From 17-19 June, this year’s Transforming the Mind Christian Postgraduate Conference took place in the usual, beautiful location of Ilam, Derbyshire. One of the main speakers was Andrew Fellows, the Director of Christian Heritage in Cambridge, who also spent many years working for L’Abri UK in Hampshire. During the conference, he gave two talks, which I will summarise here over the next few weeks (any misunderstandings of Andrew’s message are obviously my fault). We hope you will be blessed as you read them!
During the lifetime of the great theologian Augustine of Hippo (354-430), the Roman Empire was in decline, and Rome fell to the ‘barbarian’ Visigoths in 410 (Augustine wrote a thick volume, The city of God against the Pagans, to help his fellow Christians to come to terms with this). During our own time, we can see a similar trend at work. Europe is at an ‘Augustinian moment’, so to speak. Our culture has abandoned the Judaeo-Christian worldview and its values, and it is a legitimate question whether Europe can survive this loss. The question posed in Psalm 11:3, ‘When the foundations are being destroyed, what can the righteous do?’ is very relevant for today.
One of the things we as Christian scholars can do, is to be ‘doorkeepers of civilisation’, by thinking great thoughts: high-level thoughts that are firmly rooted in our Christian worldview and values. The church should recognise the importance of this, and encourage and support her intellectuals and scholars. This calling, to provide a solid foundation for Christian living, is rooted in the two mandates that God’s people are given in the Bible.
The two mandates are the cultural mandate (Gen. 1:28, 2:15) and the mission mandate (Matt. 28:19-20, Mk 16:15). They are really two sides of the same coin: both are commands that show us the purpose of our life with an imperative behind them. At the same time, all humans function on two stages: the stage of nature, carried along by natural laws, and the stage of culture, the realm of the inner life, the mind, the will and intentionality.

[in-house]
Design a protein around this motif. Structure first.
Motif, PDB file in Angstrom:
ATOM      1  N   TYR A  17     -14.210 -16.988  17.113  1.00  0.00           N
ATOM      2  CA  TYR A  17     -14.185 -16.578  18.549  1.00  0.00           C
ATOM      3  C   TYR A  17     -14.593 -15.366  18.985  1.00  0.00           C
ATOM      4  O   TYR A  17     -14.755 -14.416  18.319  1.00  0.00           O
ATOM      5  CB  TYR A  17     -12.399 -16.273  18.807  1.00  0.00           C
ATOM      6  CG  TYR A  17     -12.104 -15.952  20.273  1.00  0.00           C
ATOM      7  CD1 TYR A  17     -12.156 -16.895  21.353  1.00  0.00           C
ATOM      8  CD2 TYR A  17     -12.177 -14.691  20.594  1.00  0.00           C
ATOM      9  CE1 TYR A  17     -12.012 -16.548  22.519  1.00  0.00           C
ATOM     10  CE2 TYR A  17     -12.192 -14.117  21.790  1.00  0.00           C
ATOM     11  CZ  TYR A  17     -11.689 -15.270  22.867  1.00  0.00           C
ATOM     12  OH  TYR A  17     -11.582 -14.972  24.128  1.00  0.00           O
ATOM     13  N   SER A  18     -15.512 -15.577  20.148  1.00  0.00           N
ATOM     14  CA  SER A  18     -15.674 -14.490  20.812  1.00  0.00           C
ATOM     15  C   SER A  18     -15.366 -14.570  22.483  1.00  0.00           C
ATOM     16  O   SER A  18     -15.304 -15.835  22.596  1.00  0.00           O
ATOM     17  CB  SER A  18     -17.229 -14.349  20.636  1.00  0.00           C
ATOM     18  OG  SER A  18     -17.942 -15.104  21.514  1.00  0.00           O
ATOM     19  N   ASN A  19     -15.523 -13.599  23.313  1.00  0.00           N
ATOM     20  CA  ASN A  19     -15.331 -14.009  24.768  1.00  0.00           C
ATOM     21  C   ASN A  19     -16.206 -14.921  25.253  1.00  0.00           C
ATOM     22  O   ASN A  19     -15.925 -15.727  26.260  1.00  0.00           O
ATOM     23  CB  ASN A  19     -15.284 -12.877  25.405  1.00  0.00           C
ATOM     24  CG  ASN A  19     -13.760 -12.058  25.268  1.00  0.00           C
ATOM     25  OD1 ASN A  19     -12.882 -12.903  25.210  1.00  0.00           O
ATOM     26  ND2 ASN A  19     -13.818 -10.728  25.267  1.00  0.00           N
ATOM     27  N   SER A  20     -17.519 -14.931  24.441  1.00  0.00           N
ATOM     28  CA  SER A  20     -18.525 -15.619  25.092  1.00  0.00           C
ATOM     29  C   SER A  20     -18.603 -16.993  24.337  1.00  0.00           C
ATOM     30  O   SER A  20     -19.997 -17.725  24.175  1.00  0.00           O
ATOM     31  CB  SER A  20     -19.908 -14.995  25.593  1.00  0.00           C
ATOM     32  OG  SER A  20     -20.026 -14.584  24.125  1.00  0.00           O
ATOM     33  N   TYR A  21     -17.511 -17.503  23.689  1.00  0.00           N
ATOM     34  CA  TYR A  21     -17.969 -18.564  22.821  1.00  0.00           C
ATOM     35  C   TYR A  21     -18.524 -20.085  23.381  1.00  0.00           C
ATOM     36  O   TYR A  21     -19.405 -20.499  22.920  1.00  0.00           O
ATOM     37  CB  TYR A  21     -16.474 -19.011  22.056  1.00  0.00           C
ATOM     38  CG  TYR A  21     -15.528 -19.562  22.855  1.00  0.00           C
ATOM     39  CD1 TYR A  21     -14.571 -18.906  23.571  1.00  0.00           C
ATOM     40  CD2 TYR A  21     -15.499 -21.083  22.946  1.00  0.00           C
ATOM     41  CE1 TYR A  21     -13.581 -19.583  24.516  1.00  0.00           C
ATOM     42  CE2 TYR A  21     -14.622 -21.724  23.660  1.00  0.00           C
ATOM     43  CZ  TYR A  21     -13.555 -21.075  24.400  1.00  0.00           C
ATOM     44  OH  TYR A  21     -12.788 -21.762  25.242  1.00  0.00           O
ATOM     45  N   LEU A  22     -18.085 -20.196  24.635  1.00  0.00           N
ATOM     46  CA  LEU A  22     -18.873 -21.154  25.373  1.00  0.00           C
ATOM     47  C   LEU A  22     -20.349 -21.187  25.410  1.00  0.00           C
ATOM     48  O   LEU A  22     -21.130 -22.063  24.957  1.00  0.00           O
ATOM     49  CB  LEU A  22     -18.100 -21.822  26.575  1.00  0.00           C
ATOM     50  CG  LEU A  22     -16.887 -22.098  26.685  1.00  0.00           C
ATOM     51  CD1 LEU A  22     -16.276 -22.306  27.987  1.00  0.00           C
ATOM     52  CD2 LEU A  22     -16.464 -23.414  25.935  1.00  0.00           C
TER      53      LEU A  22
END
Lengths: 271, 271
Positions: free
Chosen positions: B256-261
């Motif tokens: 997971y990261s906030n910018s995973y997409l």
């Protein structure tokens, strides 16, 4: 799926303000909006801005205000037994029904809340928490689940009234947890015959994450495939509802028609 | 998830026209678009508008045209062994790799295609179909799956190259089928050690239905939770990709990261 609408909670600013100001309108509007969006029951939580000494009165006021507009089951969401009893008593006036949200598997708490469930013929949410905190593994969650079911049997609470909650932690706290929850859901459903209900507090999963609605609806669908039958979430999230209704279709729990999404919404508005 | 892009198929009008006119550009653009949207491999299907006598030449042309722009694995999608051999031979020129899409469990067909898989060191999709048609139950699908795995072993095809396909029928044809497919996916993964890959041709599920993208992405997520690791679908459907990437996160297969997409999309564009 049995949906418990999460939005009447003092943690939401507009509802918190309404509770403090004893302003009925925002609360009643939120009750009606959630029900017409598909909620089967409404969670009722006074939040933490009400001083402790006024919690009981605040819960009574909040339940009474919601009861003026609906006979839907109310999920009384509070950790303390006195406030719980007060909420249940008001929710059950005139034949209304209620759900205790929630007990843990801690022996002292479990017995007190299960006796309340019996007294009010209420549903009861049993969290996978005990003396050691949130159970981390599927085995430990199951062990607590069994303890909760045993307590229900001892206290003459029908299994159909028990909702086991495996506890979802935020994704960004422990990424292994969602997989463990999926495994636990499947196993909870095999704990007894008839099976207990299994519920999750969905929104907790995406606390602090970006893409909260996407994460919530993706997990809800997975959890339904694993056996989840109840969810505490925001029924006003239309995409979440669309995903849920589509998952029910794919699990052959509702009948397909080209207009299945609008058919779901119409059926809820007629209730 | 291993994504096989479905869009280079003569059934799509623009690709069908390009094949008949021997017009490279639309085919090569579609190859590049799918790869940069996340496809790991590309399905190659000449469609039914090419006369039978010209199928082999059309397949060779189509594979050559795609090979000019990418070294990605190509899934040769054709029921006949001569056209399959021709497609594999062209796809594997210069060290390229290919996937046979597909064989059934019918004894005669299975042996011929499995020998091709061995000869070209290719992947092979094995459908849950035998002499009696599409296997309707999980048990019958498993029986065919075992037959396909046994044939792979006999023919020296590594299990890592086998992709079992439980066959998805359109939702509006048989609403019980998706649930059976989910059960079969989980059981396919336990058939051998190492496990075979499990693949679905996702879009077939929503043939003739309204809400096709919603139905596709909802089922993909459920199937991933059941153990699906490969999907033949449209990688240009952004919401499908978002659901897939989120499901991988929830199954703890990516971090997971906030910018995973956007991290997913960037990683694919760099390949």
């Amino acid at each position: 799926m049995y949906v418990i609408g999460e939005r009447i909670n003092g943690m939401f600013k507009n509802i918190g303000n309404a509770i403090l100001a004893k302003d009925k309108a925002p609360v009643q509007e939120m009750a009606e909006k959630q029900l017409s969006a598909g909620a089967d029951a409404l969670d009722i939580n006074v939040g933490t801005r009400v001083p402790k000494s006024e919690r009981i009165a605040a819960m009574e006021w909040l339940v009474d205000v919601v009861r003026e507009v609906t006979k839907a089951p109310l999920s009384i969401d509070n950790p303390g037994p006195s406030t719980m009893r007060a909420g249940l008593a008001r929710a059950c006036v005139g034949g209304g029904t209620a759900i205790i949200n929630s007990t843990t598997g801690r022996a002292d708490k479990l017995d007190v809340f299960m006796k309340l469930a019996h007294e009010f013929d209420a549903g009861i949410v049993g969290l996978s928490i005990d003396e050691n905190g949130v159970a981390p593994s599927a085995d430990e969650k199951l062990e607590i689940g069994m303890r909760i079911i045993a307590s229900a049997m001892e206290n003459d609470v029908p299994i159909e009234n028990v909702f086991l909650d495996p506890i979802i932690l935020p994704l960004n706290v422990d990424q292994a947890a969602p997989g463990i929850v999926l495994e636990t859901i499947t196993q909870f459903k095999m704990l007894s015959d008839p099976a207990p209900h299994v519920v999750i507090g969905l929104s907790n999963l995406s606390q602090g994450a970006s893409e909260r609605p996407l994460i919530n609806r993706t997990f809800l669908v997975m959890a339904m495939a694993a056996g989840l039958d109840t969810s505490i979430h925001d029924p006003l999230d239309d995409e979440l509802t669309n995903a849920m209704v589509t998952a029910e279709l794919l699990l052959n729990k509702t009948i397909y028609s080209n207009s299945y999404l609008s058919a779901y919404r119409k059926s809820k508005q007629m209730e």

In the cultural mandate, we are commanded to have dominion, to add dimensions to creation, to ‘open up’ creation using our culture-making abilities under Christ’s lordship. This is part of the glory of human beings, and one of the ways in which we image God and His creativity. In the mission mandate, we are commanded to go to the ends of the earth to bring people under Christ’s lordship.
To reach the fulfilment of the mission mandate, it must be linked to the cultural mandate: we are not saved out of creation, but we are restored to live out the cultural mandate. One of the main weaknesses of the contemporary church is that it often fails to link the two mandates in a fruitful way. As a result, the Biblical view of vocation is compromised. Every believer shares the same calling: we are called by God, to God and for God with all of our life (Rom. 11:36). Every secondary calling (to be say, a pastor, a scholar, a plumber or a stay-at-home-mum) under this is sanctified by the first calling, with no hierarchy of callings. Creation and redemption are not in opposition to each other. Instead, redemption restores us to be the servants and developers of creation that we were made to be. In the academic calling, the cultural mandate is highly concentrated, and it is therefore of the utmost importance that Christian scholars use their God-given gifts to bring restoration to this part of creation and culture, but we must also keep the mission mandate in view.
Next week, we will continue with the second part of the talk, which asks the question of how the two mandates are related to each other.
Audio files of Andrew’s talks will be posted soon on the website of Transforming the Mind, and you can find more of his talks on the website of Christian Heritage and the L’Abri ideas library (other resources on these pages also warmly recommended!).